Builder Confidence hits levels not seen since the housing boom of 2005:
Builder confidence in the market for newly constructed single-family homes rose three points in October to a level of 64 on the National Association of Home Builders/Wells Fargo Housing Market Index (HMI). This month’s reading is a return to HMI levels seen at the end of the housing boom in late 2005.
“The fact that builder confidence has held in the 60s since June is proof that the single-family housing market is making lasting gains as more serious buyers come forward,” said NAHB Chairman Tom Woods, a home builder from Blue Springs, Mo. “However, our members continue to tell us there are still pockets of softness in some markets across the nation, and that they face challenges regarding the availability of lots and labor.”
“With October’s three-point uptick, builder confidence has been holding steady or increasing for five straight months. This upward momentum shows that our industry is strengthening at a gradual but consistent pace,” said NAHB Chief Economist David Crowe. “With firm job creation, economic growth and the release of pent-up demand, we expect housing to keep moving forward as we start to close out 2015.”
Two of the three HMI components posted gains in October. The index measuring sales expectations in the next six months rose seven points to 75, and the component gauging current sales conditions increased three points to 70. Meanwhile, the index charting buyer traffic held steady at 47.
Looking at the three-month moving averages for regional HMI scores, all four regions posted gains. The West registered a five-point uptick to 69 while the Northeast, Midwest and South each rose one point to 47, 60 and 65, respectively.
What Happened to Rates Last Week?
Mortgage backed securities (FNMA 3.50 MBS) gained +12 basis points (BPS) from last Friday’s close which caused fixed mortgage rates to move sideways from the prior week.
We had a lot of big economic releases that showed mixed results and as a result, MBS moved in a very constrained range for the week.
Retail Sales: Definitely disappointed. The headline September reading fell short of estimates (0.1% vs 0.2%)…not a huge miss but August was revised lower down from 0.2% to 0.0%. Ex-Autos (-0.3% vs est of -0.1%) and August was revised from positive territory, +0.1% down into negative territory -0.1%. But we need to look behind the headline data. Gasoline sales ( a big component of the Retail Sales number) fell 3.2% for the month. This report is not all bad. There are plenty of tangible positives in the data including a third straight solid gain for motor vehicles, at plus 1.7 percent in September, and a second straight outsized gain of 0.9 percent for restaurants. Both of these are discretionary categories and point to underlying consumer strength. Clothing stores are also posting strong gains, up 0.9 percent despite negative price effects from lower import prices.
Jobs, Jobs, Jobs: The Labor Department’s Job Openings and Labor Turnover Survey (JOLTS) continues to show an extremely high number of unfilled job openings with 5.370M. This is a report that Yellen has said she watches closely. Initial Weekly Jobless Claims were very low with a reading of 255K vs est of 270K. The more closely watched 4 week moving average dropped to 265K. This is a very attractive trend line for jobs data and signals very tight conditions in the job market.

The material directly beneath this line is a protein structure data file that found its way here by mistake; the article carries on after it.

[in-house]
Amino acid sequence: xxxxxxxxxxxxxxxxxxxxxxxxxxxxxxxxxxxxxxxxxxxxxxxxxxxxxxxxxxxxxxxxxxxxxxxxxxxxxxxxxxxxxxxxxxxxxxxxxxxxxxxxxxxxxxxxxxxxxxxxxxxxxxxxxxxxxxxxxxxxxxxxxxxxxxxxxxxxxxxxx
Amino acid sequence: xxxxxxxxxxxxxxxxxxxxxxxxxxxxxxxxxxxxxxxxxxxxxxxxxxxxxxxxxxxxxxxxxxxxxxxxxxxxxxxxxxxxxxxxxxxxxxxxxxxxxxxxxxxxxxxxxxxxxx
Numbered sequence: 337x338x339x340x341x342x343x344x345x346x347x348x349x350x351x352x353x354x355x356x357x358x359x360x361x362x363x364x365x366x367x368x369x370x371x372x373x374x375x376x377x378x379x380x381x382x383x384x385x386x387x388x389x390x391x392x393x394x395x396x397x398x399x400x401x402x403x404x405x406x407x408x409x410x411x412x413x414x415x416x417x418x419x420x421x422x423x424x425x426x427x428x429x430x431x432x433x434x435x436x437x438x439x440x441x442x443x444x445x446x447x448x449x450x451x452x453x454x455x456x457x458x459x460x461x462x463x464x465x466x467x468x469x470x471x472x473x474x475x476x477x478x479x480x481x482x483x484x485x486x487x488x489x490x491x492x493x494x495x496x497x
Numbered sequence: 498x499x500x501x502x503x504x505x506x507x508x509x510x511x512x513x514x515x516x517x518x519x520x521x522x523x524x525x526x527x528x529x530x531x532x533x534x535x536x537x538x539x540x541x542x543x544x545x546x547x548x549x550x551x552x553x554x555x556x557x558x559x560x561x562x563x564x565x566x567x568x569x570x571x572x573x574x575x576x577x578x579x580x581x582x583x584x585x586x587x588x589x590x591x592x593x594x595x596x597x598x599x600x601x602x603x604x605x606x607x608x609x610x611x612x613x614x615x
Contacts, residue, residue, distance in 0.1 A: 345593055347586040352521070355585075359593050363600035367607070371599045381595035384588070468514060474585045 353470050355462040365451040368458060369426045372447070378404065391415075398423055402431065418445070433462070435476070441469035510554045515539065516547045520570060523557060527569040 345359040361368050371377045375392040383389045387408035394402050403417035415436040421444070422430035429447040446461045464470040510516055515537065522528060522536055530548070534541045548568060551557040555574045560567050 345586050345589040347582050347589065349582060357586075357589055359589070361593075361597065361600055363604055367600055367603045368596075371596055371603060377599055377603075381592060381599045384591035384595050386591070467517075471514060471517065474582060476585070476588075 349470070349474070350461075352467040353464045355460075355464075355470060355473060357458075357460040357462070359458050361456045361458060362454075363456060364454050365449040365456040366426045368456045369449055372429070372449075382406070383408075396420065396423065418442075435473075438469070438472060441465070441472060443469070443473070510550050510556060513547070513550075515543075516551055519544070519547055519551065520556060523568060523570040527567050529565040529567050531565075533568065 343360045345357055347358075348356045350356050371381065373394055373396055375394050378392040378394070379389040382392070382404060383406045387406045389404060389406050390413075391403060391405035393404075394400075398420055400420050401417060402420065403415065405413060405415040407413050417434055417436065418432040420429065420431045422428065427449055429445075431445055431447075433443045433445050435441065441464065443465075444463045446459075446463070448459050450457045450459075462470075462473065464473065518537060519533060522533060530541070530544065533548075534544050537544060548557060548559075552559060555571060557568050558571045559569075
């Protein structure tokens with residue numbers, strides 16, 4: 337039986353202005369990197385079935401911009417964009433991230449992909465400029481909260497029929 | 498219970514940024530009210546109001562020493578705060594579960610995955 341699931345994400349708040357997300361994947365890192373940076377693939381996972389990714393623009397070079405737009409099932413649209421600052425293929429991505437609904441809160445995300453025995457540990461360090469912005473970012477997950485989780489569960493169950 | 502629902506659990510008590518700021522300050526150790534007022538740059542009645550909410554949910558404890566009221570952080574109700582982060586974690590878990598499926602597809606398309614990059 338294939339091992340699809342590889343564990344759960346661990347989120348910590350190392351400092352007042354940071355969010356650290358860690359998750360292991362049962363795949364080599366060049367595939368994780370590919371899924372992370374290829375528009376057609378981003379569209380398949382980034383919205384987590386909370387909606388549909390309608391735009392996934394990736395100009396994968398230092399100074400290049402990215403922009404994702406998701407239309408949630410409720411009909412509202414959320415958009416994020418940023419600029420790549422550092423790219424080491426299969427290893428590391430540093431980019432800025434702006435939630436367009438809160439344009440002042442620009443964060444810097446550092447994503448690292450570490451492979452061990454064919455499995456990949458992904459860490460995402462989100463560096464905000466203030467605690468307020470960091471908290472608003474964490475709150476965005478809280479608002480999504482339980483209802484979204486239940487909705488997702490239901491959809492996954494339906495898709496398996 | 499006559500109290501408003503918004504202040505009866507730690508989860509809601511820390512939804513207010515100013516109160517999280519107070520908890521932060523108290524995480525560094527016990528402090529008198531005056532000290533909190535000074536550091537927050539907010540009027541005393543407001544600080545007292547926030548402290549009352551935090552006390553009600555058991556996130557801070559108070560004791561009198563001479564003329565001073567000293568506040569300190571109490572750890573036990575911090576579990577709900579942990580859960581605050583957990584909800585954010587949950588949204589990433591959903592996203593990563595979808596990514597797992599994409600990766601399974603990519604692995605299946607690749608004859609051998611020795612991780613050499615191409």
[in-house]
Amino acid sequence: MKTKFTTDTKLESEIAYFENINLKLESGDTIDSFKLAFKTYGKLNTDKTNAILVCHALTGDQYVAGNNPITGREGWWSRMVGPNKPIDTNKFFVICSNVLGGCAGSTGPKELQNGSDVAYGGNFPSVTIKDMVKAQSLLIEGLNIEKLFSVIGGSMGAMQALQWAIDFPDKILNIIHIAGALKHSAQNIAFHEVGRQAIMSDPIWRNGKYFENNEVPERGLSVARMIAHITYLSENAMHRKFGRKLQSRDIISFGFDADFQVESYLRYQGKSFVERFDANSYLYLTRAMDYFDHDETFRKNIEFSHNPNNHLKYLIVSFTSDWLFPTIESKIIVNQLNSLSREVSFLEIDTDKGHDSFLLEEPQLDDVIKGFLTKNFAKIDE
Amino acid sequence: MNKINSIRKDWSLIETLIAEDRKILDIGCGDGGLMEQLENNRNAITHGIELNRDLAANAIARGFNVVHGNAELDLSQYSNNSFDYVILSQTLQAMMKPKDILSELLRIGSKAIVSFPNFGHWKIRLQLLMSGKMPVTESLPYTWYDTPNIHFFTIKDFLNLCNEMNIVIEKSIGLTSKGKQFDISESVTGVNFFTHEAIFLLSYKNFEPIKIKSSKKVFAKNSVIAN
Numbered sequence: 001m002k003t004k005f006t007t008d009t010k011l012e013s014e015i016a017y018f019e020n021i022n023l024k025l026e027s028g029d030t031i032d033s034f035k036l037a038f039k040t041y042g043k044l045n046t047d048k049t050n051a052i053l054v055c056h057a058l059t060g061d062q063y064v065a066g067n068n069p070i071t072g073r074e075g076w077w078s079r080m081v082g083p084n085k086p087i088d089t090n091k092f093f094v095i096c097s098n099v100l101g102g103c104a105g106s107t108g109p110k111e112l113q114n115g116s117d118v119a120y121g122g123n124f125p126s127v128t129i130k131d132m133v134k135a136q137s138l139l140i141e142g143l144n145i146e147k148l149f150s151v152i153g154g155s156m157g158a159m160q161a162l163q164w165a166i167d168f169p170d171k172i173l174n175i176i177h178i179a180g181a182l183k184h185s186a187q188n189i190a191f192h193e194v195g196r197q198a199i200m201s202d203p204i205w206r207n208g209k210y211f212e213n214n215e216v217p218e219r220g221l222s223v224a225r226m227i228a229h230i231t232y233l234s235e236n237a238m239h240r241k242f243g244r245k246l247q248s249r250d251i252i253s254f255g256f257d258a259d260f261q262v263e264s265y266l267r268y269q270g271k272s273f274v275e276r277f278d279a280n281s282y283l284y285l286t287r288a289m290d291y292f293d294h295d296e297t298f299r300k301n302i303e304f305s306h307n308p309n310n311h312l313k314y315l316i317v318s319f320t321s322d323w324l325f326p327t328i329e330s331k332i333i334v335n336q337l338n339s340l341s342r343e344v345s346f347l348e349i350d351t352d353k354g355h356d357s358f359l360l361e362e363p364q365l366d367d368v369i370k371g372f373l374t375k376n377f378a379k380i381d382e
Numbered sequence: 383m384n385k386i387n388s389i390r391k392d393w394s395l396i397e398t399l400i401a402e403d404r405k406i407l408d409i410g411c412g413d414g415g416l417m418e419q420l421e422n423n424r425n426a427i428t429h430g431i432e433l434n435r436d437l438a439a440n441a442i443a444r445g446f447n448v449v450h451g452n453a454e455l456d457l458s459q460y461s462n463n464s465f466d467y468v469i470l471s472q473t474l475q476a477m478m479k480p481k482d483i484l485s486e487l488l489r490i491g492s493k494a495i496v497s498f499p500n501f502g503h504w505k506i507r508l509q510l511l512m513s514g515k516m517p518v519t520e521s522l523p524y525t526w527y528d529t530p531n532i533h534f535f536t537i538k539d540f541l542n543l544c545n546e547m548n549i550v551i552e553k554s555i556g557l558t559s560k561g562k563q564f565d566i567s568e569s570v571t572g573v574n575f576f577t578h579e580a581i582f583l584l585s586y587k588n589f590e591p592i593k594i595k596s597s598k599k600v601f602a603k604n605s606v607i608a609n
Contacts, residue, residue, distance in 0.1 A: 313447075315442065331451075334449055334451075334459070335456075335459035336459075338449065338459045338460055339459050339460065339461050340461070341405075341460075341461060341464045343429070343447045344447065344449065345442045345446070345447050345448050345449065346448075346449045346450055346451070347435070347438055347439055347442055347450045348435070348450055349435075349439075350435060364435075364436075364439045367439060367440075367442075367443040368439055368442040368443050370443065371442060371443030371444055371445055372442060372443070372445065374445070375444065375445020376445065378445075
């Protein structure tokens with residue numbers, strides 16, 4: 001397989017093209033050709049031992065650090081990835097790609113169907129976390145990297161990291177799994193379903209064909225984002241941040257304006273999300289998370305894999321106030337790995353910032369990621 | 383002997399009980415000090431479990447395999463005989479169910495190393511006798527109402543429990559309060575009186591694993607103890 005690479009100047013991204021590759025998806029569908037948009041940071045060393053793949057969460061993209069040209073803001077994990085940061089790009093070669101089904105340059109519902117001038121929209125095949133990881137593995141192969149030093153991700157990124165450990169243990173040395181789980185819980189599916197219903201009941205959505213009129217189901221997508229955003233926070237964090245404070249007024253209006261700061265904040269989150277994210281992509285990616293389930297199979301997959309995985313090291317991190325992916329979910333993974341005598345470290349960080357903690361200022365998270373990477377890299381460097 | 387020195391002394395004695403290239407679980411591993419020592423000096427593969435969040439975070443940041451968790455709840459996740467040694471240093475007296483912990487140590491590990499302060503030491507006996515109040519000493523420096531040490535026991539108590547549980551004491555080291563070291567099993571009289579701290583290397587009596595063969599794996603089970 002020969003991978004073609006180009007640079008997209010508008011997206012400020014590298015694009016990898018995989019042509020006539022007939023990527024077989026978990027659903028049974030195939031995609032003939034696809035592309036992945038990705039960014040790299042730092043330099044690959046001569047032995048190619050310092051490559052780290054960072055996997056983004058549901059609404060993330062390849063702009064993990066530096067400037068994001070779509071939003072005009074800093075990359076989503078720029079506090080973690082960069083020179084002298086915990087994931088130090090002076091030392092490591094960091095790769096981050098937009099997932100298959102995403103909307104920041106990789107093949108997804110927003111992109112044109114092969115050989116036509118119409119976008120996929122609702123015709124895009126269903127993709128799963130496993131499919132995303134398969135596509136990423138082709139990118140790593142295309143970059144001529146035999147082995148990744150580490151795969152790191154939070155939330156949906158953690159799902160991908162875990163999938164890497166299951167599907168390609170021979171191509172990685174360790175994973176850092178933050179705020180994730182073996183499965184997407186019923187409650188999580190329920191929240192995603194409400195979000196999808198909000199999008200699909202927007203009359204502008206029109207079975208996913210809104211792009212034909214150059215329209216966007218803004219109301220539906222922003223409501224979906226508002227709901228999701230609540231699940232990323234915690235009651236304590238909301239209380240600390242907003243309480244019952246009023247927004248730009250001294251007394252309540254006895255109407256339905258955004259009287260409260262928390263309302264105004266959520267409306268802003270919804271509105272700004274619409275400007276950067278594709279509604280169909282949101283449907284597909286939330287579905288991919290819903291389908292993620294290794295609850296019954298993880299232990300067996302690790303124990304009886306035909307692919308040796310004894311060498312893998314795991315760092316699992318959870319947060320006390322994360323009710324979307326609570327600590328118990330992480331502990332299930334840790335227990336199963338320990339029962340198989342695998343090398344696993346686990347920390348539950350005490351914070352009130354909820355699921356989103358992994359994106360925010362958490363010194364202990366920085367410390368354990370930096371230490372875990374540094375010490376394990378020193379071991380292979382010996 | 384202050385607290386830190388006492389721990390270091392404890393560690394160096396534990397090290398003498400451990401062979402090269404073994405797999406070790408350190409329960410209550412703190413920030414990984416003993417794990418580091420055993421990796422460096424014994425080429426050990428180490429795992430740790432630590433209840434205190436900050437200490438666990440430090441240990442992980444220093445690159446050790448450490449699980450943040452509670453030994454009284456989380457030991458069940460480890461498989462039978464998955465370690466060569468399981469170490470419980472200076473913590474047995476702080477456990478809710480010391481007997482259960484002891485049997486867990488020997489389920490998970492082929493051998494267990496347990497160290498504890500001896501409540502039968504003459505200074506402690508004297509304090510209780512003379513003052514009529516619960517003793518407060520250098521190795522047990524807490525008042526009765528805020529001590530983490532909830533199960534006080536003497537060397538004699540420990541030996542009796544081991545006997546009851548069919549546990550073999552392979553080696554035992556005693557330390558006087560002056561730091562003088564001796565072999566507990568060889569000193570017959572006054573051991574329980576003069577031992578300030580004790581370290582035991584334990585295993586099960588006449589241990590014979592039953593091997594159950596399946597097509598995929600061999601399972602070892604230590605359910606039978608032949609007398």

Consumer Sentiment: The October (preliminary) number was a stunner coming in at 92.1 vs est of 89.5. This will be revised by the end of this month but its a strong reading and negative for bonds.
Fed’s Beige Book: You can read the official report here from the Federal Reserve here:http://www.
Overall, U.S. economic activity continued to expand modestly from mid-August through early October, the Fed said in its Beige Book report of anecdotal information on business activity collected from contacts nationwide. “A number of districts cite the strong dollar as restraining manufacturing activity as well as tourism spending,” the report said. In particular, the steel sector remained weak, as the dollar’s appreciation increased import competition, especially from China. The Fed said labor markets tightened in most districts with some reports of labor shortages, particularly for skilled workers. Overall…this report seem to take a step back from prior reports that showed a rosier picture and support the Fed’s concerns over tightening too soon.
|Date||Time (ET)||Economic Release||Actual||Market Expects||Prior|
|19-Oct||10:00 AM||NAHB Housing Market Index||–||62||62|
|20-Oct||8:30 AM||Building Permits||–||NA||1170K|
|20-Oct||8:30 AM||Housing Starts||–||1150K||1126K|
|20-Oct||8:30 AM||Building Permits||–||1170K||1170K|
|21-Oct||7:00 AM||MBA Mortgage Index||–||NA||-27.60%|
|21-Oct||10:30 AM||Crude Inventories||–||NA||7.562M|
|22-Oct||8:30 AM||Initial Claims||–||265K||NA|
|22-Oct||8:30 AM||Continuing Claims||–||2185K||NA|
|22-Oct||9:00 AM||FHFA Housing Price Index||–||NA||0.60%|
|22-Oct||10:00 AM||Existing Home Sales||–||5.38M||5.31M|
|22-Oct||10:00 AM||Leading Indicators||–||-0.10%||0.10%|
|22-Oct||10:30 AM||Natural Gas Inventories||–||NA||100 bcf|